But somehow things seem to go wrong once the characters are established in the house. Matheson and Hough have decided that the film has to appear as realistic as possible - perhaps influenced by Nigel Kneale’s classic 1971 TV play The Stone Tape - and the film is tricked out with scientific jargon and dates and times, as if to suggest a documentary realism. But the exterior lighting and the times stated on screen don’t always seem compatible and the clearly delineated passing of time takes us out of the claustrophobic house and thus dissipates the tension. Even the more promising ideas, such as Tanner producing ectoplasm from her fingertips, fall apart because of some poor visual effects and the sort of pseudo-scientific dialogue which is more reminiscent of Star Trek than anything else. For example, “Premature retraction of ectoplasm causes systemic shock” and the like, which strikes me as golden bollocks, and even if it makes scientific sense, it sounds idiotic. We can’t simply have lots of different ghosts, we have to have “Multiple Presence Haunting”. What makes it even more irksome is that Hough and Matheson clearly think they are making some kind of a serious film when they are, in fact, making the same old ropey ghost story that Hollywood has been regurgitating for years. The Haunting worked because the characters were believable, the concepts were left ambiguous enough to be tantalising while still being convincing, there were no mediocre visual effects and the tension inside the house gripped you like a vice. In The Legend Of Hell House, plot points are laboriously spelt out and the cheap shock effects are often more amusing than scary.

It’s not exactly a bad film - it’s often exciting and atmospheric. Pamela Franklin's performance is splendid in its control and the sense it creates of barely restrained religious rapture bordering on hysteria. Roddy McDowell deserves a lot of praise too, not least for bolstering up the last half hour of the film. His decision to make Fischer aloof and disdainful of the others is a masterstroke. I also rather liked the electronic Doctor Who type score by Delia Derbyshire and Brian Hodgson, which is particularly effective in the early sequences. Indeed, Doctor Who came to mind more than once here, especially the early Jon Pertwee stories and the Tom Baker classic “Image Of The Fendahl”. But, overally, Legend of Hell House doesn’t really work. Nigel Kneale does this science/supernatural crossover stuff much better in The Stone Tape and his Quatermass stories - even John Carpenter’s messy but laudably ambitious Prince Of Darkness manages to build up more tension than this film does. The eventual impression is disappointment that Matheson couldn’t come up with something that was more genuinely frightening and ambitious, rather than latching so closely onto Shirley Jackson’s coat-tails. A particular mention should be made of the ending, which is as bathetic as they come and so ridiculous that it’s bound to draw a smile from any viewer who has bothered to get that far.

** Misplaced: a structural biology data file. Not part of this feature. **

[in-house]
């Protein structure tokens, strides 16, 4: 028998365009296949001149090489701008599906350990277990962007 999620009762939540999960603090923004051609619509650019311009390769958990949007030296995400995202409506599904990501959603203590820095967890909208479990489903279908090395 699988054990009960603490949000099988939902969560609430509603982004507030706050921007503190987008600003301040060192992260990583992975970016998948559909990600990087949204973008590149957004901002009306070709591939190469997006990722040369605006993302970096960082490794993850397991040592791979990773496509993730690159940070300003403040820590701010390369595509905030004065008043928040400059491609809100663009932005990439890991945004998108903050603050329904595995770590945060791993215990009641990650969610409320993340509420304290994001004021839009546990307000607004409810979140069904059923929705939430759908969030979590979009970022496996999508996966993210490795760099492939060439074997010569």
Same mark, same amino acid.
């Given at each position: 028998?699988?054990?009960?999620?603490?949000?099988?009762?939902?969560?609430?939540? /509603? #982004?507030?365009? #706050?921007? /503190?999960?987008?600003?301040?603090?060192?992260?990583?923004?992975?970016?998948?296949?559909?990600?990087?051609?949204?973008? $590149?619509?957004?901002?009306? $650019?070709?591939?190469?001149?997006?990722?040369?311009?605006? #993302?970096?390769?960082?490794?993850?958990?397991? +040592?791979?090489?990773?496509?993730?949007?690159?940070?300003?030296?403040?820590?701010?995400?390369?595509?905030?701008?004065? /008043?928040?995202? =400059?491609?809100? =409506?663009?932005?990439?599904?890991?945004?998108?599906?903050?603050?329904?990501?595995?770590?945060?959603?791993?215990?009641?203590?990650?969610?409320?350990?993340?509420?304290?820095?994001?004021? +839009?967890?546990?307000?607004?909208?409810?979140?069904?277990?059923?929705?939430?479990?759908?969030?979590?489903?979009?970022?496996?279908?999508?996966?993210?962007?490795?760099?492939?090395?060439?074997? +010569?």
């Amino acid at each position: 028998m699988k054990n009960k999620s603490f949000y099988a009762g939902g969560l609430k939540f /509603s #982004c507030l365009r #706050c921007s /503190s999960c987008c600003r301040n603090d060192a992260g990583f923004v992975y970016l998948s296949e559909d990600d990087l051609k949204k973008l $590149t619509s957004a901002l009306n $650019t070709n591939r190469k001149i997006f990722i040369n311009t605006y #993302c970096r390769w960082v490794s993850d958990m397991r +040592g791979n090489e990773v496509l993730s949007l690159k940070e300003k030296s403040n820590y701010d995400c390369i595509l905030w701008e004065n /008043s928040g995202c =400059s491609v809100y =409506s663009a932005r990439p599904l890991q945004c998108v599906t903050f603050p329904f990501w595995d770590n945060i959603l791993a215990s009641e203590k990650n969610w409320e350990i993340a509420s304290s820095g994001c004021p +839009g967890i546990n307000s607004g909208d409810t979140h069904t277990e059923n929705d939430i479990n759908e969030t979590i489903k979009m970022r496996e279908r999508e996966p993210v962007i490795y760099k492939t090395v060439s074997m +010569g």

The Disc

This is one of Fox's recent back catalogue releases and it follows the general trend in being adequate without being especially impressive.

The film is presented in the original 1.85:1 ratio and has been anamorphically enhanced. It looks fairly crisp for the most part and is certainly better than the print which has been frequently screened on television. The muted colours come across very well and the dark scenes in the house are well defined, despite a disappointing amount of artifacting. There are also artifacts on display in the mist-shrouded exteriors of the beginning. Grain is frequently present but not a serious problem. This is an above average transfer which would have been better had it been sourced from a restored print.

The soundtrack is supposedly Dolby Digital 2.0 stereo but the amount of stereophonic action is extremely limited. The dialogue is confined to the centre channel and only some of the music and occasional sound effects stretch across the right and left front channels. The original was recorded in mono and there was no pressing need for a change to have been made.

The only extra is the original theatrical trailer which, in the grand tradition of these things, tells you far too much about the film and spoils some of the better scenes, notably the dinner table attack on Barrett.

The Legend Of Hell House is a generally mediocre film but it's worth a look for those of you who like ghost stories, although even then you'd be better off getting the BFI DVD of Nigel Kneale's The Stone Tape. The DVD is competent and if you want a copy of the film it is priced reasonably enough to be worth buying.